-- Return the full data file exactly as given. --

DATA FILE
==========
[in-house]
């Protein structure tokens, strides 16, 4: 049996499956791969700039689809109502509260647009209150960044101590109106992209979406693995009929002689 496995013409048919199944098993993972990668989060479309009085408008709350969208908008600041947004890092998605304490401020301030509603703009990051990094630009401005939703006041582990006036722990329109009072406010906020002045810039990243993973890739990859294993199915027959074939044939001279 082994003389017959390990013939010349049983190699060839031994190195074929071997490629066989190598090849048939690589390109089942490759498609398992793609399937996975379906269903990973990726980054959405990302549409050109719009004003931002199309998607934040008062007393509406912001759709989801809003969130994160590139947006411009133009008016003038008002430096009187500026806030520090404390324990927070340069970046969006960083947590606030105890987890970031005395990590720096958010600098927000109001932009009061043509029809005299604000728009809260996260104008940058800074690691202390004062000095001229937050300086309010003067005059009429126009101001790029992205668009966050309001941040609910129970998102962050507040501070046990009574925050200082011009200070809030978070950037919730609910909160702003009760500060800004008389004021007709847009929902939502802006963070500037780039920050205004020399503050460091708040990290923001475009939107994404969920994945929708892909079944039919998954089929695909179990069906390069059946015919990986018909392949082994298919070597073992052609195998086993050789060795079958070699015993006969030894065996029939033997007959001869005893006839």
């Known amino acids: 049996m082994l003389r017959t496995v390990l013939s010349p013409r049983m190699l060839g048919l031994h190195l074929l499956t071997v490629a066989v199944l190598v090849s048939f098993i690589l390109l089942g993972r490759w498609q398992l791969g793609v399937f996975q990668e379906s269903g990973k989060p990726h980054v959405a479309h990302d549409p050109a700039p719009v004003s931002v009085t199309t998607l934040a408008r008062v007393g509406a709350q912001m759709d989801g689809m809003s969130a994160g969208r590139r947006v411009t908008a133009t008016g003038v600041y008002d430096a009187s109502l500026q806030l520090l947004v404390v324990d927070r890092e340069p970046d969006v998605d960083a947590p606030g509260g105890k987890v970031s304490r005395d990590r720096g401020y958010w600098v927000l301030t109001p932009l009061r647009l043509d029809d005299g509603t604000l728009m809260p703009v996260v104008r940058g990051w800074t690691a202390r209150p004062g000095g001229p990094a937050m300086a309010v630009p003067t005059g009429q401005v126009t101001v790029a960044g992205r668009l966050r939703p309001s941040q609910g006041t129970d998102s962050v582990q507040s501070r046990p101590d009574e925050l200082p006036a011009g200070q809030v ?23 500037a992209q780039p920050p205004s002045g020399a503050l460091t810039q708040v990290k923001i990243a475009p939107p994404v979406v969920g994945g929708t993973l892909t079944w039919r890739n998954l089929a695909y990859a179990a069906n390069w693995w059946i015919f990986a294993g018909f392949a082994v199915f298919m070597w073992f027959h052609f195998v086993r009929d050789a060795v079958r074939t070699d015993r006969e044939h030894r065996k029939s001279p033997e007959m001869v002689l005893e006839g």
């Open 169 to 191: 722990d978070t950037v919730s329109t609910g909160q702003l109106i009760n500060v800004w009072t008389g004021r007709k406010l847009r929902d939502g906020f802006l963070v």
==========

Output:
[in-house]
């Protein structure tokens, strides 16, 4: 049996499956791969700039689809109502509260647009209150960044101590109106992209979406693995009929002689 496995013409048919199944098993993972990668989060479309009085408008709350969208908008600041947004890092998605304490401020301030509603703009990051990094630009401005939703006041582990006036722990329109009072406010906020002045810039990243993973890739990859294993199915027959074939044939001279 082994003389017959390990013939010349049983190699060839031994190195074929071997490629066989190598090849048939690589390109089942490759498609398992793609399937996975379906269903990973990726980054959405990302549409050109719009004003931002199309998607934040008062007393509406912001759709989801809003969130994160590139947006411009133009008016003038008002430096009187500026806030520090404390324990927070340069970046969006960083947590606030105890987890970031005395990590720096958010600098927000109001932009009061043509029809005299604000728009809260996260104008940058800074690691202390004062000095001229937050300086309010003067005059009429126009101001790029992205668009966050309001941040609910129970998102962050507040501070046990009574925050200082011009200070809030978070950037919730609910909160702003009760500060800004008389004021007709847009929902939502802006963070500037780039920050205004020399503050460091708040990290923001475009939107994404969920994945929708892909079944039919998954089929695909179990069906390069059946015919990986018909392949082994298919070597073992052609195998086993050789060795079958070699015993006969030894065996029939033997007959001869005893006839």
């Known amino acids: 049996m082994l003389r017959t496995v390990l013939s010349p013409r049983m190699l060839g048919l031994h190195l074929l499956t071997v490629a066989v199944l190598v090849s048939f098993i690589l390109l089942g993972r490759w498609q398992l791969g793609v399937f996975q990668e379906s269903g990973k989060p990726h980054v959405a479309h990302d549409p050109a700039p719009v004003s931002v009085t199309t998607l934040a408008r008062v007393g509406a709350q912001m759709d989801g689809m809003s969130a994160g969208r590139r947006v411009t908008a133009t008016g003038v600041y008002d430096a009187s109502l500026q806030l520090l947004v404390v324990d927070r890092e340069p970046d969006v998605d960083a947590p606030g509260g105890k987890v970031s304490r005395d990590r720096g401020y958010w600098v927000l301030t109001p932009l009061r647009l043509d029809d005299g509603t604000l728009m809260p703009v996260v104008r940058g990051w800074t690691a202390r209150p004062g000095g001229p990094a937050m300086a309010v630009p003067t005059g009429q401005v126009t101001v790029a960044g992205r668009l966050r939703p309001s941040q609910g006041t129970d998102s962050v582990q507040s501070r046990p101590d009574e925050l200082p006036a011009g200070q809030v ?23 500037a992209q780039p920050p205004s002045g020399a503050l460091t810039q708040v990290k923001i990243a475009p939107p994404v979406v969920g994945g929708t993973l892909t079944w039919r890739n998954l089929a695909y990859a179990a069906n390069w693995w059946i015919f990986a294993g018909f392949a082994v199915f298919m070597w073992f027959h052609f195998v086993r009929d050789a060795v079958r074939t070699d015993r006969e044939h030894r065996k029939s001279p033997e007959m001869v002689l005893e006839g």
């Open 169 to 191: 722990d978070t950037v919730s329109t609910g909160q702003l109106i009760n500060v800004w009072t008389g004021r007709k406010l847009r929902d939502g906020f802006l963070v």